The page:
Wednesday, February 20, 2013


Ten days in Dakar is too long for a village kid. I said it. My bag is packed, I just finished the perishables-- travelling supplied ample justification, and Im ready for the 13+ hours back to site. Ive had my fill of  city hustle and the abrasiveness of the Wolof language; I miss the kind people in village, made with hours of love and an open fire food, and the reassurance of overseeing work being done. 
In the last week, however, Ive made up for a load of lounging time. After three days of medical checkups that covered ever infection and every ailment Ive reported over the last 18 months, we retreated to Ngor Island, a sliver of land a dollar canoe ride off the Dakar shore. We actually stayed in the red house in the photo for the equivalent of 30$ a night. It was easy to get to, provided exactly what I needed for a couple quite and relaxing days, and the restaurant cooked plates of fish that made me feel like a real person. If that doesn't make sense, I dont care. 
I emerged from the seaside getaway for a little fun with other people because apparently being an old lady is only okay to some extent. I have no prospect of being a cat lady, I dont care for them much. So, back in the city we kicked off WAIST weekend. We dressed up to our appropriate themes and the games began! My team of superheroes was seriously lacking power for home-run hits (no offense to the ladies), but we still played... even after the mercy rule set in. 
We didnt slow down for two days of softball, one night of bowling, and quite a few family dinners. Im happy to say no volunteers were seriously injured during this weekend of noosing (FUN in PC Senegal lingo).
 I gotta roll out for now, until next time!

Monday, February 11, 2013

Dakar week

I'm not as excited about this trip as previous getaways to Dakar. Its still very much a weird bubble of foreigners speaking a handful of languages, real supermarkets and apartment buildings, street vendors of all sorts, swarms of taxis and hustling drivers, electricity and temperature controlled water on demand... It's just not as new and shiny.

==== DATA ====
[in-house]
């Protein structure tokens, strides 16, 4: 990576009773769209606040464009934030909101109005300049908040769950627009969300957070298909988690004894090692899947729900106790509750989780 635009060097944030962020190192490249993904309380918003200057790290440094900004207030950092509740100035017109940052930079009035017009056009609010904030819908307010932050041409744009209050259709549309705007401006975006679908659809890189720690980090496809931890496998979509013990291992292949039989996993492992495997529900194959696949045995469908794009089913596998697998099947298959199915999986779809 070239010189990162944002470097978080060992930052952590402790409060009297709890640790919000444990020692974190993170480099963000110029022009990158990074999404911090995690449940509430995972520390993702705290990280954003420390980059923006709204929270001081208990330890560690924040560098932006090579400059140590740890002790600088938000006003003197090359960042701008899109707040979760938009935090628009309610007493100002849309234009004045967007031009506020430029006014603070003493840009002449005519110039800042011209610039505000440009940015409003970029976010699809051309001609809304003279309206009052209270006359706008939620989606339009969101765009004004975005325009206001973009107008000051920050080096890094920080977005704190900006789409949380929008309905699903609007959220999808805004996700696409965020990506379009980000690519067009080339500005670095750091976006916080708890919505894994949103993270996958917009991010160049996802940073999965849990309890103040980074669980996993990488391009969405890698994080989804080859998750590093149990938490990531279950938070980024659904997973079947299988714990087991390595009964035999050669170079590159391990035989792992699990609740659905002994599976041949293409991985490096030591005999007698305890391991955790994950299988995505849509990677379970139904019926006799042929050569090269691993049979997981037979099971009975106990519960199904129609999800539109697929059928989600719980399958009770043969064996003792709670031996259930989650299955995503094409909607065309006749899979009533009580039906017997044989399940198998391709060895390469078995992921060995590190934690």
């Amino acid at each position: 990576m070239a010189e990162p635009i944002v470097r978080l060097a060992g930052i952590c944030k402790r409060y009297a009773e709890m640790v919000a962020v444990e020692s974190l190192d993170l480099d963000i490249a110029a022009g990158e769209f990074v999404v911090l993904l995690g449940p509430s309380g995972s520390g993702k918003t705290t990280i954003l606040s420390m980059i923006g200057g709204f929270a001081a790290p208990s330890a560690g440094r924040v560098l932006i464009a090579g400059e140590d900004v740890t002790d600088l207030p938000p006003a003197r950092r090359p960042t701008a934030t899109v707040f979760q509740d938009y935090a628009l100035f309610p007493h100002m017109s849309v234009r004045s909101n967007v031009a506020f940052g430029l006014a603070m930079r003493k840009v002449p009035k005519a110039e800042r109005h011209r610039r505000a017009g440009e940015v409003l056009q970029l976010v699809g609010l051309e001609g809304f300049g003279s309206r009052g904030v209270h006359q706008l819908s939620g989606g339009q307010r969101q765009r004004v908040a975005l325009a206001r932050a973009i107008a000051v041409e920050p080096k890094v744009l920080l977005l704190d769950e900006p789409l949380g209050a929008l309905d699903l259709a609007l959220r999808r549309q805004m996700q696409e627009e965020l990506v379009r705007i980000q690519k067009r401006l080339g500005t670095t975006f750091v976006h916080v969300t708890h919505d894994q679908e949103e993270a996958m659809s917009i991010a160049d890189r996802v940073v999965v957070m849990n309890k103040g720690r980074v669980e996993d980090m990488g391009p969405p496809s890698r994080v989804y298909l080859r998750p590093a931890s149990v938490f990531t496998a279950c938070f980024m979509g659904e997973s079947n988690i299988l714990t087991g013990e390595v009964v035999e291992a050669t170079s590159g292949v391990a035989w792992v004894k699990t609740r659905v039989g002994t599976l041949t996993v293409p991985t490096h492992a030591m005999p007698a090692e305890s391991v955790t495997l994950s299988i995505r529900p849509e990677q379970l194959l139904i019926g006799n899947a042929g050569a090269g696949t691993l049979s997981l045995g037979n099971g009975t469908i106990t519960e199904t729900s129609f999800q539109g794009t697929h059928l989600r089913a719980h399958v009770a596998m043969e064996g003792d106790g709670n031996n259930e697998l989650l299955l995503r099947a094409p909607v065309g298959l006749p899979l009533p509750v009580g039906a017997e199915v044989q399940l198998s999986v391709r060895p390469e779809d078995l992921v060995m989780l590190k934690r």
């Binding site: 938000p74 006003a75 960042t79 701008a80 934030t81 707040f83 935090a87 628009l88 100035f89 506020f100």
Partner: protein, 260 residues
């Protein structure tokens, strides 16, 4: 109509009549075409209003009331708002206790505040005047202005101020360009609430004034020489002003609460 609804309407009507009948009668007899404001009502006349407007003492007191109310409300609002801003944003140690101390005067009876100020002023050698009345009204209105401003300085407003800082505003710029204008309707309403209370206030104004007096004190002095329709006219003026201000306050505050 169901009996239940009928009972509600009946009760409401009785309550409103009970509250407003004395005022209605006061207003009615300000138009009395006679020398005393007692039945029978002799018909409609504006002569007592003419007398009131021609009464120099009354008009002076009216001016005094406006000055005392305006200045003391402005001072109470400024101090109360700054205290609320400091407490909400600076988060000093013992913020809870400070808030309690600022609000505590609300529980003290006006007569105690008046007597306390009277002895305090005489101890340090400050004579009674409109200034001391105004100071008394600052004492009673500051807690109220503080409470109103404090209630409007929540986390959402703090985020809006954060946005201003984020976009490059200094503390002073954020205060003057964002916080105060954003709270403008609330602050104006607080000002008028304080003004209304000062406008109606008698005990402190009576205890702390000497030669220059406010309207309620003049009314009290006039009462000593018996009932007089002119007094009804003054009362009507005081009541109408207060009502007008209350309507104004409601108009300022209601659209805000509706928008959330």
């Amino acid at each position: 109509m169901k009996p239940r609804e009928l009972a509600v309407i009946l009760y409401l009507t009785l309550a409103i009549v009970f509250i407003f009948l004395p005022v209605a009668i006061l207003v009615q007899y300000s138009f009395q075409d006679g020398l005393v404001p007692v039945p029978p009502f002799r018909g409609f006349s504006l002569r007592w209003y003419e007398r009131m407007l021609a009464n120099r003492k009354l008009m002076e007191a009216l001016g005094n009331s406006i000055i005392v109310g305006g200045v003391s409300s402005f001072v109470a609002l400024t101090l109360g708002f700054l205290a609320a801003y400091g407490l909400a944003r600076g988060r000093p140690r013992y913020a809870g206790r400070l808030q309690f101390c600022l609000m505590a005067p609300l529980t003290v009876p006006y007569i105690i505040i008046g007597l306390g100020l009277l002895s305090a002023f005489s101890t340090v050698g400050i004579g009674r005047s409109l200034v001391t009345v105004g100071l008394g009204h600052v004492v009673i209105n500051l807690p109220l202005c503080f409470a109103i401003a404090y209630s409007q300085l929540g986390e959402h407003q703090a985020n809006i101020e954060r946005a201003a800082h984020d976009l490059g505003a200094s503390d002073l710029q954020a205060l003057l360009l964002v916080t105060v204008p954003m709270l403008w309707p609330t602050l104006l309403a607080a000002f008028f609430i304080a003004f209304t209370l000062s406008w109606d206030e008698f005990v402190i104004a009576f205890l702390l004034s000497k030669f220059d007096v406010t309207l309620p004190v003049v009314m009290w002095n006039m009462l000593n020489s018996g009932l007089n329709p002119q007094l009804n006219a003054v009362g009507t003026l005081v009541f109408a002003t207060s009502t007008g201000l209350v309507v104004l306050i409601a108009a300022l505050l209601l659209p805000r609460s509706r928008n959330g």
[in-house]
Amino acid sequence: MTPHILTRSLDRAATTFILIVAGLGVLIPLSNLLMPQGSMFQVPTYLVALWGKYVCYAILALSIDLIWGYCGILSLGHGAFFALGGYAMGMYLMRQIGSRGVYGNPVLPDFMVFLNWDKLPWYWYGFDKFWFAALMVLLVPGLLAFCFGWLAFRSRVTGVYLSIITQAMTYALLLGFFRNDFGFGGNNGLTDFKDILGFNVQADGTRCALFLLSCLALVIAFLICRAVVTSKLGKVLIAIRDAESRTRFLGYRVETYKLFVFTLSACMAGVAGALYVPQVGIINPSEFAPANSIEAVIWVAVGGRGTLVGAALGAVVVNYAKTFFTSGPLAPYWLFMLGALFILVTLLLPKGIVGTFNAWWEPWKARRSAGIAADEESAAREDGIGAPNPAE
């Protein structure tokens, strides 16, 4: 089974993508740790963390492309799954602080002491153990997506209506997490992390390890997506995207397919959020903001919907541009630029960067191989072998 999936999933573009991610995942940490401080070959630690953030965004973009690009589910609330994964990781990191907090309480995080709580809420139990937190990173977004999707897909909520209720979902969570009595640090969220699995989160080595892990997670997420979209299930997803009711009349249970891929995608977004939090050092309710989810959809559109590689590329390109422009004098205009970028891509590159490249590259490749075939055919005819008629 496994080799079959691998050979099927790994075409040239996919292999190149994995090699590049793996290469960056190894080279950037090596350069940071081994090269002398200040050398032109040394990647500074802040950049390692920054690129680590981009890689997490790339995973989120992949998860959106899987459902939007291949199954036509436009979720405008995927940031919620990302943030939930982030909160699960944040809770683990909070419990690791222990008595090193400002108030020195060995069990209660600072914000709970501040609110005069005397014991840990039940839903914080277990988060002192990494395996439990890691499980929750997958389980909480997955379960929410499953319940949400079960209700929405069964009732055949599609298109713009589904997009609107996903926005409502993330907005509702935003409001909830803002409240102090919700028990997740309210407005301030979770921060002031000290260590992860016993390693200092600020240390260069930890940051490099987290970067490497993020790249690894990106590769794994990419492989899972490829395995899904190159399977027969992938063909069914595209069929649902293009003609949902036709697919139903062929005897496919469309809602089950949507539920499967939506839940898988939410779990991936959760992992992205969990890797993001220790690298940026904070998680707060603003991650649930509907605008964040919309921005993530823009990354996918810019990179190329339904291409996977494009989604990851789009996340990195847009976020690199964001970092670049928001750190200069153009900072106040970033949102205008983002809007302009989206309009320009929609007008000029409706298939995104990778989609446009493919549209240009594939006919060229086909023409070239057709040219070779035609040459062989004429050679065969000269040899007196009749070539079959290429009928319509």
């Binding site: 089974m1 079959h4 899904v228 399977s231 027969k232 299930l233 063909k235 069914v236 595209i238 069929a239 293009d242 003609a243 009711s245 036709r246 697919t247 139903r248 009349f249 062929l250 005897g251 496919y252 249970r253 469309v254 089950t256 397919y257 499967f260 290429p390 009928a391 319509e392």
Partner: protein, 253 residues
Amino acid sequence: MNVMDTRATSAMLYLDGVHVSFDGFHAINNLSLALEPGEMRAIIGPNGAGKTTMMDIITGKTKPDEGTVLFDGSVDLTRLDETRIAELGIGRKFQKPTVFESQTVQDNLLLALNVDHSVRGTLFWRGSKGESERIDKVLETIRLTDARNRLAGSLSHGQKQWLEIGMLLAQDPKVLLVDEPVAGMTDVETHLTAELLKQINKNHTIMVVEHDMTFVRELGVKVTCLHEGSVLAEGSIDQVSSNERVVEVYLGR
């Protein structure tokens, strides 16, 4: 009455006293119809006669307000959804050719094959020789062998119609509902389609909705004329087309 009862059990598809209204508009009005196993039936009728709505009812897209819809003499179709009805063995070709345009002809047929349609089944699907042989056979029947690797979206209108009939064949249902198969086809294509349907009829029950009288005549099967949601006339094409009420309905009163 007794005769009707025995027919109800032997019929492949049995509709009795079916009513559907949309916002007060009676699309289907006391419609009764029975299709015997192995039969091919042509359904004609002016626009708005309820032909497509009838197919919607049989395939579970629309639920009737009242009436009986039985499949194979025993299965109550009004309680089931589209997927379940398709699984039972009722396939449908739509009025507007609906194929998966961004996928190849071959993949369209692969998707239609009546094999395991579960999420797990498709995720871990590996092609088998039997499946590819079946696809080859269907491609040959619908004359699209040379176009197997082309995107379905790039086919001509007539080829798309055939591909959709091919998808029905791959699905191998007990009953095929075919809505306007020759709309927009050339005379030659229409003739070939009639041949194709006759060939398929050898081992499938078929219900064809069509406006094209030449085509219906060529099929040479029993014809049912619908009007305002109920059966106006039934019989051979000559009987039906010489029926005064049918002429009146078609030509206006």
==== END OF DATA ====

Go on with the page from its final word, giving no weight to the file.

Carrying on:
Maybe I don't trust myself at arms length with these ideas that basically make up 1/3 of my dreams. I'm fully aware of my tendency to binge (action verb) and I don't think I can afford that temporary pleasure and guilt. I'll be in the Dakar area for a whopping week for a range of Peace Corps plans. I'm wrapping up my MIDservice med appointments now: Tb results TBD, teeth clean, heart ticking, mind there, spinal & ear canals reportedly small, bugs not too many. Have I really been here for 17 months?
As long as I don't get ran over or poisoned by fine cuisine in the big city, I'll be returning to the Thies training center for the all volunteer conference. I'm not gonna lie, from the perspective of a fresh, bright-eyed volunteer, last year's conference did not leave me bubbling over with inspiration. I've moved to the next column now that I've had a little work and a little more experiences. Even if I don't take anything away, at least I can share something of use. After these 2 days back at summer camp the 200 volunteers will shift back to Dakar for a weekend to makeup for all lost weekends.
We're joining the U.S. Embassy, students from local schools, and plenty of volunteers from other the West Africa Invitational Softball Tournament. Peace Corps teams tend to take the noncompetitive route; this year we will only be playing each other due to the lack of competition among other things. Each PC region forms a team and picks a theme - we don't miss any costume opportunities. My dear Kolda Kalabandits will swoop in as SUPERheroes and villains, Kedougou will be our geriatrics, Tamba settled with high school cliches (a step up from their "softball" theme last year), and so on. 
It's gonna be a long, anything but ordinary week that my village will hear 3% about.

Sunday, February 3, 2013


My house has mice. After a sleepless week of squeaking and scurrying, nibbling holes and and stealing peanuts, and most importantly twilight plundering, something had to be done. I threw one deceivingly cute mouse over my fence at 3am-- only to realize he'd be back in no time. I did what any desperate volunteer would do- I bought poison for the price of a loaf of bread and mixed it into a hardy serving of peanut butter.
I'm sure it wouldn't have taken much more than a taste of the chemical concoction but my greedy mice cleaned the plate. Three days later, I'm paying for my peaceful sleep with a stench worse than autoclave cell culture waste. I've found three, but the smell is still permeating from my straw roofing. How fast do you think ants can carry off a mouse?

Speaking of the downside of straw roofing, I just watched one burst into flames in the adjacent compound. There is a little controversy concerning the fire's ignition. Was it ash on the wind, kids-play, or someone passing by?  I saw it across the way from my back yard. Everyone filled the compound quickly to remove the thatch-fuel and stop the fire with buckets of water straight from the well. The excitement only stretched  across a few minutes and left the hut in ruins.

My hut currently has a small construction zone in front. My brothers are building an outside sitting area/cement slab. Maybe I should teach them to build castles! I feel like it will soon annoy me as it attracts rambling kids in the afternoon and chatty men at night. The benefit might be a cool place to sit, stretch, and read, but in what degree of peace I'm not sure. Its okay, my "leave me alone" vocabulary is well-practiced.